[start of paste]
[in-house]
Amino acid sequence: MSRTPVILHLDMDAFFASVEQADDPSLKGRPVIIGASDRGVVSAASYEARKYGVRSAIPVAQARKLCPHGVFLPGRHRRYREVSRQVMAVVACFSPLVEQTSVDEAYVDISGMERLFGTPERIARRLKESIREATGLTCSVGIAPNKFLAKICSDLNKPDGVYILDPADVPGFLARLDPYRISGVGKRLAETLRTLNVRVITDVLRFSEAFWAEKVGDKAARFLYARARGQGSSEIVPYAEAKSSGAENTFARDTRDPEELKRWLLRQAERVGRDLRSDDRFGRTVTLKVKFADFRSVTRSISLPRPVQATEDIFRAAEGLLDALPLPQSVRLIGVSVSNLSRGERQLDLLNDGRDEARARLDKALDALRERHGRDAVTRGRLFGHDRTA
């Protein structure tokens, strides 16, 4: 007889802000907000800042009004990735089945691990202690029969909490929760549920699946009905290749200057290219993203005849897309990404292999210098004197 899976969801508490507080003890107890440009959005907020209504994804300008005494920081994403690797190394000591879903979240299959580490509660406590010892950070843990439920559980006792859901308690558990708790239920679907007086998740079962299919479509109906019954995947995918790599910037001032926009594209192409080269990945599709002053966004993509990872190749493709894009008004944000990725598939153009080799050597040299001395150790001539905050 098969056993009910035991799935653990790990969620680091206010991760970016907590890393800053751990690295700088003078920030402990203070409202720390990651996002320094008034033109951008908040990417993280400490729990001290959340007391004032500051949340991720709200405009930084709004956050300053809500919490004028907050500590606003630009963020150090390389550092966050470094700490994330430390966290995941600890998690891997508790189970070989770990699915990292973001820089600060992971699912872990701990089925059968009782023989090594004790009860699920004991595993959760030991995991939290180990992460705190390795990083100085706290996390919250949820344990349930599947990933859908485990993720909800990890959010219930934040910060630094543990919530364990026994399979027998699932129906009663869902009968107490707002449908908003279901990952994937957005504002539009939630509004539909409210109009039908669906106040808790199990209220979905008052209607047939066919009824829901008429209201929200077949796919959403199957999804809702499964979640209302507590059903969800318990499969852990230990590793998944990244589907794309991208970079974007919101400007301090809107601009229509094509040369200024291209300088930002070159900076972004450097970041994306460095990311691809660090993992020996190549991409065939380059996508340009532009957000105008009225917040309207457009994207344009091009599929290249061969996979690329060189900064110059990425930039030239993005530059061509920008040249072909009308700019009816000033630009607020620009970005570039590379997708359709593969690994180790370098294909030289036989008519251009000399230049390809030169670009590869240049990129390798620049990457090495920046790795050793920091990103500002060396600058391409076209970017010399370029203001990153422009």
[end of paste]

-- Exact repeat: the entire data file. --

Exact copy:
[in-house]
Amino acid sequence: MSRTPVILHLDMDAFFASVEQADDPSLKGRPVIIGASDRGVVSAASYEARKYGVRSAIPVAQARKLCPHGVFLPGRHRRYREVSRQVMAVVACFSPLVEQTSVDEAYVDISGMERLFGTPERIARRLKESIREATGLTCSVGIAPNKFLAKICSDLNKPDGVYILDPADVPGFLARLDPYRISGVGKRLAETLRTLNVRVITDVLRFSEAFWAEKVGDKAARFLYARARGQGSSEIVPYAEAKSSGAENTFARDTRDPEELKRWLLRQAERVGRDLRSDDRFGRTVTLKVKFADFRSVTRSISLPRPVQATEDIFRAAEGLLDALPLPQSVRLIGVSVSNLSRGERQLDLLNDGRDEARARLDKALDALRERHGRDAVTRGRLFGHDRTA
């Protein structure tokens, strides 16, 4: 007889802000907000800042009004990735089945691990202690029969909490929760549920699946009905290749200057290219993203005849897309990404292999210098004197 899976969801508490507080003890107890440009959005907020209504994804300008005494920081994403690797190394000591879903979240299959580490509660406590010892950070843990439920559980006792859901308690558990708790239920679907007086998740079962299919479509109906019954995947995918790599910037001032926009594209192409080269990945599709002053966004993509990872190749493709894009008004944000990725598939153009080799050597040299001395150790001539905050 098969056993009910035991799935653990790990969620680091206010991760970016907590890393800053751990690295700088003078920030402990203070409202720390990651996002320094008034033109951008908040990417993280400490729990001290959340007391004032500051949340991720709200405009930084709004956050300053809500919490004028907050500590606003630009963020150090390389550092966050470094700490994330430390966290995941600890998690891997508790189970070989770990699915990292973001820089600060992971699912872990701990089925059968009782023989090594004790009860699920004991595993959760030991995991939290180990992460705190390795990083100085706290996390919250949820344990349930599947990933859908485990993720909800990890959010219930934040910060630094543990919530364990026994399979027998699932129906009663869902009968107490707002449908908003279901990952994937957005504002539009939630509004539909409210109009039908669906106040808790199990209220979905008052209607047939066919009824829901008429209201929200077949796919959403199957999804809702499964979640209302507590059903969800318990499969852990230990590793998944990244589907794309991208970079974007919101400007301090809107601009229509094509040369200024291209300088930002070159900076972004450097970041994306460095990311691809660090993992020996190549991409065939380059996508340009532009957000105008009225917040309207457009994207344009091009599929290249061969996979690329060189900064110059990425930039030239993005530059061509920008040249072909009308700019009816000033630009607020620009970005570039590379997708359709593969690994180790370098294909030289036989008519251009000399230049390809030169670009590869240049990129390798620049990457090495920046790795050793920091990103500002060396600058391409076209970017010399370029203001990153422009």